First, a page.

On another floor, there were some back stairs from the kitchen. Along the wall was a small slit that allowed the smells of the food to waft into the dungeon so the prisoner could get a whiff of the food he would not be eating and cause further torment.
We also wandered around the grounds of the castle. Even though it rained off and on while we walked through the grounds, the flowers glowed.
We saw rhododendrons in colors we didn’t even know they could.
Next we drove down another narrow road (but not as narrow as that earlier road!) to find Knock Castle. This castle is a ruin on the side of the road and not set up for tourists. Mom had read something online that said you could walk up to it and explore at your own risk. But we couldn’t figure out how to do this.
The Isle of Skye’s scenery is breathtaking.
It seemed to change as the color of the sky changed - dramatic with gray storm clouds, peaceful with bright blue sky.
We visited another hotel restaurant for hamburgers. Mom and I were hungry for one at this point in time. Unfortunately, they weren’t cooked all the way through. The manager comped our meals, but we were still wanting a hamburger.
The next day we visted Armadale Castle - a ruin with only walls and a staircase remaining.
Perfect. I loved this place. The view of the sea was stunning.
The grounds were amazingly beautiful.
And there were even peacocks!
After that visit we took the ferry from Armadale to Mallaig and back to mainland Scotland -
10 July 2011
We picked up our rental car and traveled out of Edinburgh toward Birnam to see the Birnam Oak. Once we arrived, parked and paid to go to the bathroom (and to park), we walked through town and down to the River Tay.
We stopped at a little tea shop and discovered Earl Grey Blue Flower tea. Delicious! Even Mom, who does not like hot tea, loved it.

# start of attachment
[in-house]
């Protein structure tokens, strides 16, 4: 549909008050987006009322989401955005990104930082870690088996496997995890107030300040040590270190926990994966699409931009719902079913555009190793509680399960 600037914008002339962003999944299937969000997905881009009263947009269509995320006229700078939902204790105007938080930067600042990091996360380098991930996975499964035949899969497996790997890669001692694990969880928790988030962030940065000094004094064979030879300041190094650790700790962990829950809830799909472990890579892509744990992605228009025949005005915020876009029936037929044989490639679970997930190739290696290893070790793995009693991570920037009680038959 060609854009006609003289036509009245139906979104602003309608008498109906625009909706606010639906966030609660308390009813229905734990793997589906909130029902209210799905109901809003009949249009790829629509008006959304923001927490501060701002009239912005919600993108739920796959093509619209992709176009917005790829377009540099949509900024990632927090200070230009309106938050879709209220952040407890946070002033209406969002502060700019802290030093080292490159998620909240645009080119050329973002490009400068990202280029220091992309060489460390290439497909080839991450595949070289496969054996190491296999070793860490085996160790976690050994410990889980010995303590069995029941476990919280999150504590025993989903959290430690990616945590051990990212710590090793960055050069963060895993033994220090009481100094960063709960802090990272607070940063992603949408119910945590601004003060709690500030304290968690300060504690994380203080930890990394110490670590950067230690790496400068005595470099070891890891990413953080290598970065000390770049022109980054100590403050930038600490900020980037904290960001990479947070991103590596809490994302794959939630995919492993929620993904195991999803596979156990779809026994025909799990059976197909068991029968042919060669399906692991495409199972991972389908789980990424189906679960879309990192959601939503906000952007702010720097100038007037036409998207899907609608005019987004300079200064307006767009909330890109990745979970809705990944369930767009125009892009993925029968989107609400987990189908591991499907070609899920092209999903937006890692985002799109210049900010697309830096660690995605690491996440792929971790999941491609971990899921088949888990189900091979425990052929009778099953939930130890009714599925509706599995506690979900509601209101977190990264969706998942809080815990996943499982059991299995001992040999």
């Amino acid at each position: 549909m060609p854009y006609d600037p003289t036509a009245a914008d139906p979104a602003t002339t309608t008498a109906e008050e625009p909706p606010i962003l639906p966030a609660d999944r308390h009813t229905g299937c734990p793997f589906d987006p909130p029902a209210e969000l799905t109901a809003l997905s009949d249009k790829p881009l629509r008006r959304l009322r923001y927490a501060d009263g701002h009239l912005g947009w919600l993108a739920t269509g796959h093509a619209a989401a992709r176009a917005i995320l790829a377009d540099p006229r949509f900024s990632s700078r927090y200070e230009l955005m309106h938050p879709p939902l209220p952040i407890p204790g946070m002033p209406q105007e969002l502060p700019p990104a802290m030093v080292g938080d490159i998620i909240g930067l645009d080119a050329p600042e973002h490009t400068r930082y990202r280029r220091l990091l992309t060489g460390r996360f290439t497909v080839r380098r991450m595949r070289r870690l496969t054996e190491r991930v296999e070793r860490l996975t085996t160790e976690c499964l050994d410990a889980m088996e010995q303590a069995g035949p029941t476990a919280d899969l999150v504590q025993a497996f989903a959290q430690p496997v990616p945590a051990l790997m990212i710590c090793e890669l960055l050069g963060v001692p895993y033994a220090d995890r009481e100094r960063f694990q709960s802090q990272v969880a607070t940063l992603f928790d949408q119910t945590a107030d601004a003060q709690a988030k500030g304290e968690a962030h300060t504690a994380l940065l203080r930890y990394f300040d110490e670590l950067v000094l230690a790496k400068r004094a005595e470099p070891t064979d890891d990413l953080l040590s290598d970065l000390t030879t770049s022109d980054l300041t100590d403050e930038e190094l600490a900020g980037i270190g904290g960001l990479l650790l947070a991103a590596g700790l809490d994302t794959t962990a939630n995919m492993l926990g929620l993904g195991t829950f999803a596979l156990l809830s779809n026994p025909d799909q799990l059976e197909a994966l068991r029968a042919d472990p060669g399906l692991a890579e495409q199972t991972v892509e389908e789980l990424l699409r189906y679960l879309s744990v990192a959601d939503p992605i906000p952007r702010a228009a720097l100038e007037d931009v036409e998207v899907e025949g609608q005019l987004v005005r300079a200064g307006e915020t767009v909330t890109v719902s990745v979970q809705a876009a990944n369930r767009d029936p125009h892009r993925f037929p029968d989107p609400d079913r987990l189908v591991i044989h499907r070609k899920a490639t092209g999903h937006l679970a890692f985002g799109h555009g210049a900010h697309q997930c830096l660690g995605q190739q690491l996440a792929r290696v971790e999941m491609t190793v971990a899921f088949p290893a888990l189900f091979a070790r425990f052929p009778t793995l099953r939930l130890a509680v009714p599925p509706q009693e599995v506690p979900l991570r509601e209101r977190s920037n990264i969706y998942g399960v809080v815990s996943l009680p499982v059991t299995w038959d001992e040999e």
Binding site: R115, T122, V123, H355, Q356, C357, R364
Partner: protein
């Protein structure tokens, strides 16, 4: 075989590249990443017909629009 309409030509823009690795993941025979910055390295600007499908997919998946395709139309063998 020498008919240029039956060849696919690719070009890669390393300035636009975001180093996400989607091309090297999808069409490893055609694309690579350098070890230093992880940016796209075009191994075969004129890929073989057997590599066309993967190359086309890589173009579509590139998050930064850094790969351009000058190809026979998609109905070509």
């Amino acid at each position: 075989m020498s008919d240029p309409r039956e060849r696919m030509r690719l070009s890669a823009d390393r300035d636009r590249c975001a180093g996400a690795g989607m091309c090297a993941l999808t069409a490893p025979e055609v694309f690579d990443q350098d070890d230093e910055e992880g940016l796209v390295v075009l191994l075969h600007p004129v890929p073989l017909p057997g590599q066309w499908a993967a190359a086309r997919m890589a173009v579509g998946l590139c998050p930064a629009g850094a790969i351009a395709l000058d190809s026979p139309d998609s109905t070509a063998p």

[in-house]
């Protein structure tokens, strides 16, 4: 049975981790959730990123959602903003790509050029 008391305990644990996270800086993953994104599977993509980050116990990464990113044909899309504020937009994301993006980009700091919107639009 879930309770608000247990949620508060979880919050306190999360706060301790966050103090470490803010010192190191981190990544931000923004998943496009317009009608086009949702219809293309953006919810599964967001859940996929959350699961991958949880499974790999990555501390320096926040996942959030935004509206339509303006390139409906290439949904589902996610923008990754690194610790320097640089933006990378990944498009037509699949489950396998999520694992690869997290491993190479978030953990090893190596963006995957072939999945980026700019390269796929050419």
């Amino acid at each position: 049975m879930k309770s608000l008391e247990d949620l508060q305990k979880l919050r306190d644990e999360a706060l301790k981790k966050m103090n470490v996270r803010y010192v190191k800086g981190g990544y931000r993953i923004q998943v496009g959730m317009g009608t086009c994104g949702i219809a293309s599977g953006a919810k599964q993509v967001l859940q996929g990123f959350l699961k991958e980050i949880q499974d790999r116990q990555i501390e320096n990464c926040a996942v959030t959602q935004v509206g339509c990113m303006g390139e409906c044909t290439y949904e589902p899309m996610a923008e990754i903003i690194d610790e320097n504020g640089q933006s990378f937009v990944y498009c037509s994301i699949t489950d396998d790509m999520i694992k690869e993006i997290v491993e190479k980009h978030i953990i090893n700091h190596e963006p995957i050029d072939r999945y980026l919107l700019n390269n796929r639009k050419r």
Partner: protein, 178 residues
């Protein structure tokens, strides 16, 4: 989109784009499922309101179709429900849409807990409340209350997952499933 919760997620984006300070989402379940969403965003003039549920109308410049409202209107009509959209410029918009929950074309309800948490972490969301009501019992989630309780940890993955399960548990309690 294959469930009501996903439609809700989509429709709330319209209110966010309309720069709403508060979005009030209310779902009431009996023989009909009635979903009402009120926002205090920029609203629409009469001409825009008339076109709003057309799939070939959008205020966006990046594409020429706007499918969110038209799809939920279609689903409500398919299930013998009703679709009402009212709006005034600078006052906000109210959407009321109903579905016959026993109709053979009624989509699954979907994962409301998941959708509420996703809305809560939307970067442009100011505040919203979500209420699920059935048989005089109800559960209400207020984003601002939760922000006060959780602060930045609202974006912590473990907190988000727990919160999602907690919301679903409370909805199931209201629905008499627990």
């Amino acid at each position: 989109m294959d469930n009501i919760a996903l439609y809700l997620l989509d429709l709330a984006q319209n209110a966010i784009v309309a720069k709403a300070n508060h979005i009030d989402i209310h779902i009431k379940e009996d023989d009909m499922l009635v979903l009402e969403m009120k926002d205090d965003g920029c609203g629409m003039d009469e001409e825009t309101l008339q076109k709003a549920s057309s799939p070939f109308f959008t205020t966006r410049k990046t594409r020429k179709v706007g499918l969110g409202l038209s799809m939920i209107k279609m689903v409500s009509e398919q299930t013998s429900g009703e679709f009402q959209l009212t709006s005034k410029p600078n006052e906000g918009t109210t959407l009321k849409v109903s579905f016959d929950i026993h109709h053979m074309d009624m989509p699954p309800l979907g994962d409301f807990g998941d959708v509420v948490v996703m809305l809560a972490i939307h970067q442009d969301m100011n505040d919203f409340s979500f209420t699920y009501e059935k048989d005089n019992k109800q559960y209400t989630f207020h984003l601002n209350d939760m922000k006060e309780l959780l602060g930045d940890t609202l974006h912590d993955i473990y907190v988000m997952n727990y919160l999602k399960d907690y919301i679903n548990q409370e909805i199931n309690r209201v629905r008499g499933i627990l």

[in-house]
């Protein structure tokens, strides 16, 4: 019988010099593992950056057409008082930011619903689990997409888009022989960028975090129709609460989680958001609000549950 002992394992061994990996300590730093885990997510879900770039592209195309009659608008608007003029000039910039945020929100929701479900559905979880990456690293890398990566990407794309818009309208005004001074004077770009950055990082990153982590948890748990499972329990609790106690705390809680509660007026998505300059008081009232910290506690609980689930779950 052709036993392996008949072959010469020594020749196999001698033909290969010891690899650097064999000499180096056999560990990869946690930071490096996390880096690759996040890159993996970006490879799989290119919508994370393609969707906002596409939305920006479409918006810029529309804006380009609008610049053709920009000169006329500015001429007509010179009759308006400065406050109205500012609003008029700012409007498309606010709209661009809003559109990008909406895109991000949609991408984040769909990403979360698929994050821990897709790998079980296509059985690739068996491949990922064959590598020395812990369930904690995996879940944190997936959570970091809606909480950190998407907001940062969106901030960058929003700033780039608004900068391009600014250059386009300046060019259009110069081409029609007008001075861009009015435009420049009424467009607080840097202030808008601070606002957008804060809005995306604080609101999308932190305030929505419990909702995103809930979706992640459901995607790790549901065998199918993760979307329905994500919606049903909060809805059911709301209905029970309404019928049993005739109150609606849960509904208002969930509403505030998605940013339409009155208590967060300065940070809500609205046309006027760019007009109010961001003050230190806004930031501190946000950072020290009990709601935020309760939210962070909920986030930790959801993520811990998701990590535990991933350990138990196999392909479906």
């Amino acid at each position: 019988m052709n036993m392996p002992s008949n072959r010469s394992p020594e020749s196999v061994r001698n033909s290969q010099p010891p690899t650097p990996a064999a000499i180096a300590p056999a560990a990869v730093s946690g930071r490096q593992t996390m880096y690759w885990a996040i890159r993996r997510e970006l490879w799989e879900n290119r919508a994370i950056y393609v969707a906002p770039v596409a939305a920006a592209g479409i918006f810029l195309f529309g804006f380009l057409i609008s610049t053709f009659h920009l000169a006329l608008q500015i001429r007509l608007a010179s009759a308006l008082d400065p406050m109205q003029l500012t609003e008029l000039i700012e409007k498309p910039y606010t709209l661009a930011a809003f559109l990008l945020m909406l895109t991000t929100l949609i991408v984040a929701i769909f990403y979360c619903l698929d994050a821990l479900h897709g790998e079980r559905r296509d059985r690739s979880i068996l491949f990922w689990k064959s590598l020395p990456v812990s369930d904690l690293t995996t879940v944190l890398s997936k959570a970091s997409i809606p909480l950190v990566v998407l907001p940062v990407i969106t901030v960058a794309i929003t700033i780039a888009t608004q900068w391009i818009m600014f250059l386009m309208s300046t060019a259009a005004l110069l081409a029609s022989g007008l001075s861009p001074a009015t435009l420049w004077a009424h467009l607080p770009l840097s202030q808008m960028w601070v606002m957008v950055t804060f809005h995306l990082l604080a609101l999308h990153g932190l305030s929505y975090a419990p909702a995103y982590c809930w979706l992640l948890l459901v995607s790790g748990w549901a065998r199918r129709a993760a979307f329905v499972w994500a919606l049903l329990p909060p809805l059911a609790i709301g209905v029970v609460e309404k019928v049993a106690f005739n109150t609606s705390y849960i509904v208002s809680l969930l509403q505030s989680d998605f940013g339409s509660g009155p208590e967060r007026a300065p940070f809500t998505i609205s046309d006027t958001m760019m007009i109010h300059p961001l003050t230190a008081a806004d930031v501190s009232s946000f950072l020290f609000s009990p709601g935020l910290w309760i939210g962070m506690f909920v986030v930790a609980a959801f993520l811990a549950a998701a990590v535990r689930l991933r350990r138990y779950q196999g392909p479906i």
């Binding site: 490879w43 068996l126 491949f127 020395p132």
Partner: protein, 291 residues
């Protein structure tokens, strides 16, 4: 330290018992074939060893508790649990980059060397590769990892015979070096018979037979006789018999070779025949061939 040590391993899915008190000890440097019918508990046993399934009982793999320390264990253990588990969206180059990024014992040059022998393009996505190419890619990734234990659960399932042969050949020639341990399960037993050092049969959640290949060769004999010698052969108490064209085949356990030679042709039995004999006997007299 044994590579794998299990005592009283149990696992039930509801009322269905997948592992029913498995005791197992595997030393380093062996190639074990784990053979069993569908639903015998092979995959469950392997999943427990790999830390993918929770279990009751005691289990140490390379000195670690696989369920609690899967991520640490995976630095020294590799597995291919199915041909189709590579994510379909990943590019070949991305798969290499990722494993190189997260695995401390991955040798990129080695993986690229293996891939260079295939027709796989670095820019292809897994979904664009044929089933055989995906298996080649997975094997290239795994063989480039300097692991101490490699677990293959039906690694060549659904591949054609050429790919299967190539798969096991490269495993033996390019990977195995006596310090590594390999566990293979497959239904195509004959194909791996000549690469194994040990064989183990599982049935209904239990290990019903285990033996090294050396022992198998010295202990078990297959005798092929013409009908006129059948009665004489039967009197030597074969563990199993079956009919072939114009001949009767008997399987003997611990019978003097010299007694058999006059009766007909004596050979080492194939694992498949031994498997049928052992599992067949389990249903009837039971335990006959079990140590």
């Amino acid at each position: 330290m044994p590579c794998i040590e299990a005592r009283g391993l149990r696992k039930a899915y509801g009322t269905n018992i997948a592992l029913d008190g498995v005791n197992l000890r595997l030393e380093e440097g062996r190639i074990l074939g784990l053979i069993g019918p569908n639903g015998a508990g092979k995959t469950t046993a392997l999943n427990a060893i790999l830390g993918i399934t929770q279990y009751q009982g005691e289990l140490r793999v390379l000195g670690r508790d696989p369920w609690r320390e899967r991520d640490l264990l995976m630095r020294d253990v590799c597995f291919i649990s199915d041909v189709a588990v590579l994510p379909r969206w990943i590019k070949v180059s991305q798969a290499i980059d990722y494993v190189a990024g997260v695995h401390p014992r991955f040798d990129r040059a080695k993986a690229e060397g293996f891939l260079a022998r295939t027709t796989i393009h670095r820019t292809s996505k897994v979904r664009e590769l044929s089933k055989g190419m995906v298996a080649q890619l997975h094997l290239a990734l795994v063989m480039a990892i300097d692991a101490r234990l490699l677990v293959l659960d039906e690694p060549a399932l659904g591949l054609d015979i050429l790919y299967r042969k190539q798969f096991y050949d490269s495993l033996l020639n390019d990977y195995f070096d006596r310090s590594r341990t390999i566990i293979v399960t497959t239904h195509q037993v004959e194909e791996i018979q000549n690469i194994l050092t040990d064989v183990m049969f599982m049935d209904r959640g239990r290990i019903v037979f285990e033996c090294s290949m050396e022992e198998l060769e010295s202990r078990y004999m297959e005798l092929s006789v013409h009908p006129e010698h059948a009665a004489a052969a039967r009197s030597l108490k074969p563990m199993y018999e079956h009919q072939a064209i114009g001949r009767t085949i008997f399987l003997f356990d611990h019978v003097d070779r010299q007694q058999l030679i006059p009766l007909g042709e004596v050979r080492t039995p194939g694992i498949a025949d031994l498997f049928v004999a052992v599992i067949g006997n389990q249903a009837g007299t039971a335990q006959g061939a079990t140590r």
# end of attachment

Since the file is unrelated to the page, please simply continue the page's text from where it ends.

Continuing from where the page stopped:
After some fits and starts, we found the trail for the Birnam Oak. The path wound by the river and eventually, after Mom sat down to rest, I found the tree.
Actually I found two trees - the Birnam Oak and the Birnam Sycamore.
The Birnam Oak is a relic of the Birnam Wood, which is referenced in William Shakespeare’s “Macbeth.” It is entirely possible that Shakespeare himself saw the Birnam Oak. It is 24 feet in circumference.
The Birnam Sycamore, at 25 feet around, is actually larger than the Birnam Oak. However, it is estimated to only be about 300 years old.
When we left Birnam, I drove to the Highland Folk Museum. A living history museum that includes a recreated 1700s village.
The houses were so dark inside! Not even a candle to help you see. I had to use the flashlight app on my cell phone, so I wouldn’t trip over any furniture or holes in the earth floors.
There was also a recreated school from the 1930s.
While teachers in England used the cane, teachers in Scotland used the strap. The interpreter popped the strap on the floor for us, and it sounded like the crack of a bullwhip. Very loud and scary.
The school day lasted from 9 a.m. to 4 p.m., and students were required to bring a peat brick every day for the fire.
The next day we visited Urquhart Castle.
The earliest parts of the castle date from the 1300s. The views of the castle, Loch Ness and the surrounding countryside were spectacular. We spent much more time at Urquhart Castle than we really planned, but it was so lovely. Mom and I loved it.
I drove on to Eilean Donan Castle, which is one of the most photographed castles in Scotland.
Eilean Donan was built between 1912 and 1932 by members of the MacRae clan. It includes a memorial to those clan members who have died in the Great War.
Once we left Eilean Donan, walking past a busload of French-speaking tourists at the entrance, we took the bridge over to the Isle of Skye.